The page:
Asked why Tent focuses on contemporary secular Jewish culture in particular, Lambert explained that the decision made sense because “there are already so many great opportunities all over the place to become more deeply connected to the Jewish religion or to get involved with all sorts of Jewish political groups. But for most Jews the cultural aspects of Judaism are the ones that are the most accessible to them. And yet at the same time there aren’t enough programs to meet the demand and those that exist lack strong institutional support.”
Lambert noted that the three Tent programs the Yiddish Book Center ran in 2013 were very successful. “I was surprised by how greatly the participants were interested in Jewish topics despite the fact that for most of them their relationship to Judaism was pretty weak. I’m really pleased that people who didn’t have a strong Jewish background or much Jewish education could get so much out of the program.”
The Yiddish Book Center is planning to expand the program in 2014 to include 10 Tent programs all over the country. In order to create more Tent programs the Yiddish Book Center will franchise the program through other organizations that will run the programs themselves under the supervision of Lambert and his colleagues at the Yiddish Book Center. “The idea of having other organizations run Tent programs was first and foremost a practical decision,” Lambert explained. “By that I mean that the Yiddish Book Center can’t run ten Tents by itself and if we did it could take over the whole organization.”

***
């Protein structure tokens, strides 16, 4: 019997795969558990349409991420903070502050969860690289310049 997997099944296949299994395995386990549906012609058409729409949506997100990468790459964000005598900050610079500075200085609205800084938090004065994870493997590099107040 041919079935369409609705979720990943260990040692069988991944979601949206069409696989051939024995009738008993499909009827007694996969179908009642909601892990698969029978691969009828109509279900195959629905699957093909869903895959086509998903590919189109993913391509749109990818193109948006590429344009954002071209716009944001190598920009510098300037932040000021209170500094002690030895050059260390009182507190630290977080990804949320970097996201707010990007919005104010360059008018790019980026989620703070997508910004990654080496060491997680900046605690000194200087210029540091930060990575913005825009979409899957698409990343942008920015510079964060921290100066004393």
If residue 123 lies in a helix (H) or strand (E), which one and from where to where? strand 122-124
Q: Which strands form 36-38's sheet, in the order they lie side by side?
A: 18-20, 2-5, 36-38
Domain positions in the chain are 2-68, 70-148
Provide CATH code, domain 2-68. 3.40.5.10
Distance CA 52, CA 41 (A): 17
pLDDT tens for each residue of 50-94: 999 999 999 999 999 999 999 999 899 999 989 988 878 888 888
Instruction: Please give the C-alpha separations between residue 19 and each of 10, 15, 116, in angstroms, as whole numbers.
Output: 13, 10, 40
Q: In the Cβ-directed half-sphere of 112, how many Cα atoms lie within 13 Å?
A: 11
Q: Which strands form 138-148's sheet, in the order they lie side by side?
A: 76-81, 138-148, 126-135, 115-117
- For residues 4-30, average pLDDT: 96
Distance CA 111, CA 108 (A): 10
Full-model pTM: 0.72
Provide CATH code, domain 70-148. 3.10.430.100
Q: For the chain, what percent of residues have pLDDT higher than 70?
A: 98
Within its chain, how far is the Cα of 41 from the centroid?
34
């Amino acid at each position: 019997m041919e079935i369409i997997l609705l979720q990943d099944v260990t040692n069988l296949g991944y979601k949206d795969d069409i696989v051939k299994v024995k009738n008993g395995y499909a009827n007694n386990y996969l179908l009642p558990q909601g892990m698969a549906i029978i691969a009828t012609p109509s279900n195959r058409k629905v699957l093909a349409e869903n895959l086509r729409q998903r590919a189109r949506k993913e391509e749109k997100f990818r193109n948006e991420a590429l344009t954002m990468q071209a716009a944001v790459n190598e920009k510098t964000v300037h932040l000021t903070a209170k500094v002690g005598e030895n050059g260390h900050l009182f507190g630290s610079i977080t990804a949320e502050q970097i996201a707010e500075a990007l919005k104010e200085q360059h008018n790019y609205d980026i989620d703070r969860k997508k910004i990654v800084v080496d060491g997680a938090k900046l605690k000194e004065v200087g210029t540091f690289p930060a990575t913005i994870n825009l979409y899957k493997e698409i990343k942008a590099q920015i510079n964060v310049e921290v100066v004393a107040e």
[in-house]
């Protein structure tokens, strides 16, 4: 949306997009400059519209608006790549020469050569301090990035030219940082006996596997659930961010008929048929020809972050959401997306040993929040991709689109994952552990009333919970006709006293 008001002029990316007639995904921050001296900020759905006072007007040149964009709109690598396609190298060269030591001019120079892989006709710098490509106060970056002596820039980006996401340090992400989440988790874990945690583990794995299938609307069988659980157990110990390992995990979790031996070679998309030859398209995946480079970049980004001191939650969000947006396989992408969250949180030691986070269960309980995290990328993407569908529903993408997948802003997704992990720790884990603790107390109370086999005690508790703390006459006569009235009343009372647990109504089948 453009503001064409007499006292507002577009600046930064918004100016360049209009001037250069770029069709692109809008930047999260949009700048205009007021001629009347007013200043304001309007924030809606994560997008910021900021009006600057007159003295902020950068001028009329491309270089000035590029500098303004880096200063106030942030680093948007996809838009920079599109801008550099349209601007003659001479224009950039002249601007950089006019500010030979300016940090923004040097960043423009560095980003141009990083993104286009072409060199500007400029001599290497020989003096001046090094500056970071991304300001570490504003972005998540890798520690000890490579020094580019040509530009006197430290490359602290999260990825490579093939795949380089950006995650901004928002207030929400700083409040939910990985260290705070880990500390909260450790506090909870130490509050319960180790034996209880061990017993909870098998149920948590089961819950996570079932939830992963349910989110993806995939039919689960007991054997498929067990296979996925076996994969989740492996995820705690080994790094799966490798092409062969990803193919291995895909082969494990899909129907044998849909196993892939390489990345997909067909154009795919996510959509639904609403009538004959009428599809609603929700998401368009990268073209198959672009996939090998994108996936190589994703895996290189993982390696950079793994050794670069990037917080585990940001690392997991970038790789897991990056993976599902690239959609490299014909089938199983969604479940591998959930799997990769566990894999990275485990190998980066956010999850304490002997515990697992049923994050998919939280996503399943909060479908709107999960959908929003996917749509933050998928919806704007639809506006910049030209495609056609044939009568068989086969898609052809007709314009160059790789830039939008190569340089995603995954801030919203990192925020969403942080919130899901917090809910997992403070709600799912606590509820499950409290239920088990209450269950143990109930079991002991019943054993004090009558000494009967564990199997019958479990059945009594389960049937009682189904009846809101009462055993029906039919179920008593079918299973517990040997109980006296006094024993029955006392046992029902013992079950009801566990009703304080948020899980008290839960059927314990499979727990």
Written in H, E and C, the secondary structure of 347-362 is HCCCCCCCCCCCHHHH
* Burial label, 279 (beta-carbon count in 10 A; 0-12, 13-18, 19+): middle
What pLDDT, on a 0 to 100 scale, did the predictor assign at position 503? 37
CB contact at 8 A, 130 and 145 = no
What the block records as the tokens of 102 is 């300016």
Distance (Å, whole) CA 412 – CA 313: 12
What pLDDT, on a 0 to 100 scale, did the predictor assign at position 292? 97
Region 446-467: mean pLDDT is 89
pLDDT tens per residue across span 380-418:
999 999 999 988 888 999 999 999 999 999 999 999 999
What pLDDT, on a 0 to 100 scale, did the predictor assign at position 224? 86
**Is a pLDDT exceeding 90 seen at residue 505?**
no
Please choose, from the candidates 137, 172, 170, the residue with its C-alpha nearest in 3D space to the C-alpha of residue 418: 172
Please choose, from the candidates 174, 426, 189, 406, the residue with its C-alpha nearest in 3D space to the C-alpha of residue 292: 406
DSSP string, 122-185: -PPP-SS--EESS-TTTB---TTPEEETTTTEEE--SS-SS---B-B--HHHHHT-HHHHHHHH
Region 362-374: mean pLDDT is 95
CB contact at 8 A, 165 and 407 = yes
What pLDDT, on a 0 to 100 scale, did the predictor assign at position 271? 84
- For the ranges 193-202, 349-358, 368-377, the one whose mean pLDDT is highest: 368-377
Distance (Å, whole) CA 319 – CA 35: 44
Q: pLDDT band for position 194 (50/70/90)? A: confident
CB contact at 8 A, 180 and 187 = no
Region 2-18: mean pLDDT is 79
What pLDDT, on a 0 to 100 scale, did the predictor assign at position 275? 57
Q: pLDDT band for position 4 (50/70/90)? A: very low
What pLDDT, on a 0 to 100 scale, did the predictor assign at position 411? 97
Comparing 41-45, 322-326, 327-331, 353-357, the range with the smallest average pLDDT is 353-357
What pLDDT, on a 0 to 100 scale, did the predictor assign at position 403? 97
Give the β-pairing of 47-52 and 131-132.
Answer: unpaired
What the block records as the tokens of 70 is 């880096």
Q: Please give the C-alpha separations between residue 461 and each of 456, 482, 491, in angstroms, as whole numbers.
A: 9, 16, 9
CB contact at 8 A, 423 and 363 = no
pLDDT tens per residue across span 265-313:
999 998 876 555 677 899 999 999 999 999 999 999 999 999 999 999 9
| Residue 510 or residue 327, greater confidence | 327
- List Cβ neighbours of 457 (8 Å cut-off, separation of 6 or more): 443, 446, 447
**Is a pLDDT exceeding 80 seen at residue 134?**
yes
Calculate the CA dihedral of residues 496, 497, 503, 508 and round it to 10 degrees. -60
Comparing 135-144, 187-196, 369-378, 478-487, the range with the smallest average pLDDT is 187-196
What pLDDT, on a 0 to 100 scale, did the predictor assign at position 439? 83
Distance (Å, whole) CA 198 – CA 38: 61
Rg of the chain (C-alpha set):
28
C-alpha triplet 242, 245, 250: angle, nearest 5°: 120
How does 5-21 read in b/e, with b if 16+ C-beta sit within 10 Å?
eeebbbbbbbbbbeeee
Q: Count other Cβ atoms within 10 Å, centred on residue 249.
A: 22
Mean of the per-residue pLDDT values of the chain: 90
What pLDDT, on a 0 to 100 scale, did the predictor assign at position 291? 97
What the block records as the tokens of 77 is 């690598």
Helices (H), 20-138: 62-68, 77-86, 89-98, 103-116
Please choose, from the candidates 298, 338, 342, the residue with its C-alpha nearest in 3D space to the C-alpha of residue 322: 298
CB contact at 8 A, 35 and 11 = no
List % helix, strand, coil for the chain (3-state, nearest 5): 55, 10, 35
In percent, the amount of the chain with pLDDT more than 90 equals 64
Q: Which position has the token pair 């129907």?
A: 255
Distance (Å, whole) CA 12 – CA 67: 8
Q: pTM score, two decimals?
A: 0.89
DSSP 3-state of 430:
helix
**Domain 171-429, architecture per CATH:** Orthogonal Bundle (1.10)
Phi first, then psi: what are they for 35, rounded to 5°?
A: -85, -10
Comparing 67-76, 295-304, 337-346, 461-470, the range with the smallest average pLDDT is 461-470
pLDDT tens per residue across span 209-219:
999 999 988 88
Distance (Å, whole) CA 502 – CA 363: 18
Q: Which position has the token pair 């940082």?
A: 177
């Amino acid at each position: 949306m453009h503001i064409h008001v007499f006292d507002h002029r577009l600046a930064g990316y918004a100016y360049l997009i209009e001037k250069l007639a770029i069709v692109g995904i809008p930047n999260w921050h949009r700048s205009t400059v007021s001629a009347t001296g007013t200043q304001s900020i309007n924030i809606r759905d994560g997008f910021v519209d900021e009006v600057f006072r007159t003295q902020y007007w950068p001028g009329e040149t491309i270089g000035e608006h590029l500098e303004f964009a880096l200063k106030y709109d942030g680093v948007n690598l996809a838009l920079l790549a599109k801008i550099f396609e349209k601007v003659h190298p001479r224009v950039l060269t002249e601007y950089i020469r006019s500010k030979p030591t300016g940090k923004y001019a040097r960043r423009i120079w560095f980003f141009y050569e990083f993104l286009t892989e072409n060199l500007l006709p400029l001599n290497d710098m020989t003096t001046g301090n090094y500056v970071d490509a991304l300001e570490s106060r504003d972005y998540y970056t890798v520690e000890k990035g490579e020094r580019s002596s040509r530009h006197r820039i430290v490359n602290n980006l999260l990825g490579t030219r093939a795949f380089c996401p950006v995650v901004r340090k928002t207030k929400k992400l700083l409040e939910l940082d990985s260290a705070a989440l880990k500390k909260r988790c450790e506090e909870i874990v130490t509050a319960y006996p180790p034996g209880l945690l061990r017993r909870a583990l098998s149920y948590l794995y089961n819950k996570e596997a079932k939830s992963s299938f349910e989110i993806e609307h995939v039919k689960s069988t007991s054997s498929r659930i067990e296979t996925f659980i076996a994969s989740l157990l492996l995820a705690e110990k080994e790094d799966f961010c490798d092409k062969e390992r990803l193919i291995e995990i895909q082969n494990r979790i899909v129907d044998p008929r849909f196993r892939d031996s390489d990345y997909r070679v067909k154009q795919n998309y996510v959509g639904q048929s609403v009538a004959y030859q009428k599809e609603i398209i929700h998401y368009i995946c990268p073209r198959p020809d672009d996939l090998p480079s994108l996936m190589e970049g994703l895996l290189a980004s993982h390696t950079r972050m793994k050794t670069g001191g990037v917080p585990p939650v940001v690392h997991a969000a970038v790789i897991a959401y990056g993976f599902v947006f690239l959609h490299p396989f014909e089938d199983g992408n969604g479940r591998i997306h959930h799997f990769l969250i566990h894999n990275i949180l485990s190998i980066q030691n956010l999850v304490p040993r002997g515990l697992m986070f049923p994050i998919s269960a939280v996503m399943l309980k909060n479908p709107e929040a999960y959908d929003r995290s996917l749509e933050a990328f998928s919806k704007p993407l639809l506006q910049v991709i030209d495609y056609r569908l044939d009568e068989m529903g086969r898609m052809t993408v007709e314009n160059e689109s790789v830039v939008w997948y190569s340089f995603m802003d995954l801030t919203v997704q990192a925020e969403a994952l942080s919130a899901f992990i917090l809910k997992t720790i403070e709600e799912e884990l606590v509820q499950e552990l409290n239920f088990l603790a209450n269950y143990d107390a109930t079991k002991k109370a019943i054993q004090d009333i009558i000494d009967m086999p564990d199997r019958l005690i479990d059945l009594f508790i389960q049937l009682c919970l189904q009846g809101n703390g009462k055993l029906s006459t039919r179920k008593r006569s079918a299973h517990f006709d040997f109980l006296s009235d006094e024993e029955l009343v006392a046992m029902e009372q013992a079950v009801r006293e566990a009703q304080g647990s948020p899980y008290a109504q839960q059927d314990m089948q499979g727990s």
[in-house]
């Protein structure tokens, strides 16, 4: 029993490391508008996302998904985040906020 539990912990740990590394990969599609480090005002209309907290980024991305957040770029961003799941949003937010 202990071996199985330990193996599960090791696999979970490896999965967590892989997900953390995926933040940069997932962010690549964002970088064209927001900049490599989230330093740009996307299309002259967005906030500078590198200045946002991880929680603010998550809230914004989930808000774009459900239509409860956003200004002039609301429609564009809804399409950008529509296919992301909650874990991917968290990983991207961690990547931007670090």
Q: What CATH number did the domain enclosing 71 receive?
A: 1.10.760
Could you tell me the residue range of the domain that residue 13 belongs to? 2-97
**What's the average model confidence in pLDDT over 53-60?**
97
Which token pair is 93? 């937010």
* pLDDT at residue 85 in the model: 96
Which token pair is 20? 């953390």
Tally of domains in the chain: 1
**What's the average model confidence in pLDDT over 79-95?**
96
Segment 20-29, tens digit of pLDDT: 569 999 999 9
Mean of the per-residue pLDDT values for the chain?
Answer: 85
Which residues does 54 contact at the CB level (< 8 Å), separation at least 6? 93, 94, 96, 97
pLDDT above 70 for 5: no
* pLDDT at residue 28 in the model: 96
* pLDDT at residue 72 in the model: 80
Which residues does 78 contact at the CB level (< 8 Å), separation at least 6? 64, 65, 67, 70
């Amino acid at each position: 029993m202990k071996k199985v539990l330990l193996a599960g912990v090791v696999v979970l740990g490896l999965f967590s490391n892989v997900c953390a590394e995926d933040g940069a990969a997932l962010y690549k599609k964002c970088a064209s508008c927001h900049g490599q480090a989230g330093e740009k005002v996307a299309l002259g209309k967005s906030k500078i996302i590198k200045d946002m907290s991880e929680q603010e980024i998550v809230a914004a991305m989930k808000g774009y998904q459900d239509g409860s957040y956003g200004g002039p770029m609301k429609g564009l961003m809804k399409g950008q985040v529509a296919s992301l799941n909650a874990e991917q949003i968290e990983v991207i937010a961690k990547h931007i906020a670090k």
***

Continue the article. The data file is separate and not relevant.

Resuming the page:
Lambert believes that franchising Tent to other organizations ultimately benefits the program; not only can more Tents exist but it also provides financial support to other organizations thereby allowing them to run programing that would otherwise not be viable. Lambert adds that Tent also helps to provide these organizations with a new and younger audience of future potential members and participants.
Some people have asked how Tent fits into the mission of the Yiddish Book Center. Lambert contends that by saving Yiddish books the Yiddish Book Center originally sought to preserve the vernacular culture of a previous generation, and not only works of scholarship or religion. “Tent follows the same logic: it engages with contemporary Jewish culture and tries to connect it to Jewish history and inform people about these connections.”
A few participants who spoke with the Forward believe that Tent hits the mark. Michael Yashinksy, a 2011 Harvard graduate and participant in the creative writing program, noted that he greatly enjoyed the experience and found it useful. “The literary discussions with Dr. Lambert and the writing workshops with Eileen Pollack, an excellent teacher with a warm presence, could not have been better,” Mr. Yashinsky noted.
The ten Tent programs that will run in 2014 include comics, two on Jewish Food, creative writing, pop music, journalism, museums, the South, fashion and comedy. The first of next year’s programs, comics, will take place from January 19 to 26 in New York City and will be run by the Institute for Israel and Jewish Studies at Columbia University. The second program, dedicated to Jewish food, will run from March 16 to 22 in Los Angeles and will be conducted by the Skirball Cultural Center.